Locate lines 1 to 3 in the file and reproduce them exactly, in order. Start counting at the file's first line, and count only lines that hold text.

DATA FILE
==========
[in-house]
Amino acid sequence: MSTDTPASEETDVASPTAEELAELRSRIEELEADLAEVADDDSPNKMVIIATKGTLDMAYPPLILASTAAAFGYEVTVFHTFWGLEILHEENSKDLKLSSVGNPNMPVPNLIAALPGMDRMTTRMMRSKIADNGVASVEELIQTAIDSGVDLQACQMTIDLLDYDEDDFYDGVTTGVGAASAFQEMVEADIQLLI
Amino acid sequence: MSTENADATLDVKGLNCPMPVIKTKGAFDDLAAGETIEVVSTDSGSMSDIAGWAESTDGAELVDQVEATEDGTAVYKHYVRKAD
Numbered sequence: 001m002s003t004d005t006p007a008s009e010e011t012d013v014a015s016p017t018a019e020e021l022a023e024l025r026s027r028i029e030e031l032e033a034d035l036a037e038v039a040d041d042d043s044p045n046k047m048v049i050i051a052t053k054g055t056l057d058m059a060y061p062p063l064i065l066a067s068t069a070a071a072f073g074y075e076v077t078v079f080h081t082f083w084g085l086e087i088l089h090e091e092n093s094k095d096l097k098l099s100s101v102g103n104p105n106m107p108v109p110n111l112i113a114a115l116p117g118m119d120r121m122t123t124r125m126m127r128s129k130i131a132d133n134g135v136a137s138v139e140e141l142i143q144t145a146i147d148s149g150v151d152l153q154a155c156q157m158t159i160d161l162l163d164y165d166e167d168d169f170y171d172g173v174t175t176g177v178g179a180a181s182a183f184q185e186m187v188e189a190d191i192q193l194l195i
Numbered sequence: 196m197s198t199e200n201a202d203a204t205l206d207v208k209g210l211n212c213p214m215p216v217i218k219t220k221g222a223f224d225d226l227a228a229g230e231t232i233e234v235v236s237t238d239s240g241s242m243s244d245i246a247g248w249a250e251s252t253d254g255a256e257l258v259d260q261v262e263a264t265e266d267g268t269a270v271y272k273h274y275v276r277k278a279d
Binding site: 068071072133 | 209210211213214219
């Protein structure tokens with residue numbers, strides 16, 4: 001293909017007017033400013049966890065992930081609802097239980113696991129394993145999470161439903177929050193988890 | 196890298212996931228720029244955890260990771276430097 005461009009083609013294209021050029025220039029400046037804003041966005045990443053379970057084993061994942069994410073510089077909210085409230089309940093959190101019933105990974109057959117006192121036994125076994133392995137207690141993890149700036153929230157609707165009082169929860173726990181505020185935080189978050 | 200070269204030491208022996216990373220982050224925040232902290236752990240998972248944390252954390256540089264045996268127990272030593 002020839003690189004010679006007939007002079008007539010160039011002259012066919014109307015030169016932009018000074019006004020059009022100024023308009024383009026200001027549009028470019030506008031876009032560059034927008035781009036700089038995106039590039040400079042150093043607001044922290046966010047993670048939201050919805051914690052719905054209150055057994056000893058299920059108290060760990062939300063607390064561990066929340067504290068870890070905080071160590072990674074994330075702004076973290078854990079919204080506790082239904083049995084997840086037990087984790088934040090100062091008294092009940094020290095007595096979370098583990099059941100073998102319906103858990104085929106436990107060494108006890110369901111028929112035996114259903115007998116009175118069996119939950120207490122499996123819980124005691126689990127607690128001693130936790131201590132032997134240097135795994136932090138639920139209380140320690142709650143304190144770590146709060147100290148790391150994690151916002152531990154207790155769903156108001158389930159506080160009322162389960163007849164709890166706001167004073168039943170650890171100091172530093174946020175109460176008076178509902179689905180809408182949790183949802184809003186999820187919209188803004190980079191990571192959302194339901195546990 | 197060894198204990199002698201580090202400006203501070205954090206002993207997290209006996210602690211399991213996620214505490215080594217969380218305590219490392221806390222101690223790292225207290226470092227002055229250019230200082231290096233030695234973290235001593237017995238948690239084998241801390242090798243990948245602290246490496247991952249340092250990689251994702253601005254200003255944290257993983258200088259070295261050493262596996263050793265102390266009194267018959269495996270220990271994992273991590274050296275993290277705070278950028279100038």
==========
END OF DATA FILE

[in-house]
Amino acid sequence: MSTDTPASEETDVASPTAEELAELRSRIEELEADLAEVADDDSPNKMVIIATKGTLDMAYPPLILASTAAAFGYEVTVFHTFWGLEILHEENSKDLKLSSVGNPNMPVPNLIAALPGMDRMTTRMMRSKIADNGVASVEELIQTAIDSGVDLQACQMTIDLLDYDEDDFYDGVTTGVGAASAFQEMVEADIQLLI
Amino acid sequence: MSTENADATLDVKGLNCPMPVIKTKGAFDDLAAGETIEVVSTDSGSMSDIAGWAESTDGAELVDQVEATEDGTAVYKHYVRKAD